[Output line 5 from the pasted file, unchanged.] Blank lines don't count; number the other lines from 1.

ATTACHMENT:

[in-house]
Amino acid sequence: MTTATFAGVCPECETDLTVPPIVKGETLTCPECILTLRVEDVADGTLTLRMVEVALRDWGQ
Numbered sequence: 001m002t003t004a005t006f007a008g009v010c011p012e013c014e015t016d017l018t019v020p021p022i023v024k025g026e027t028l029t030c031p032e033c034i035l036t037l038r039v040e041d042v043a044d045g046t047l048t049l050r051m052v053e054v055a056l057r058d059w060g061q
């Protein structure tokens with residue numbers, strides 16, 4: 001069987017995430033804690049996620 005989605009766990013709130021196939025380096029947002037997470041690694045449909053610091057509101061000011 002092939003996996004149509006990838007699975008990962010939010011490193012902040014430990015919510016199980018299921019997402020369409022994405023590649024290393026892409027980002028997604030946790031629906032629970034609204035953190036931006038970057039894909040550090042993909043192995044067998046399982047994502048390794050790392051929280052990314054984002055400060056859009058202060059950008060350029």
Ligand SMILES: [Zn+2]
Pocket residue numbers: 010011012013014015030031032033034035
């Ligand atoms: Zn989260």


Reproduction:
Ligand SMILES: [Zn+2]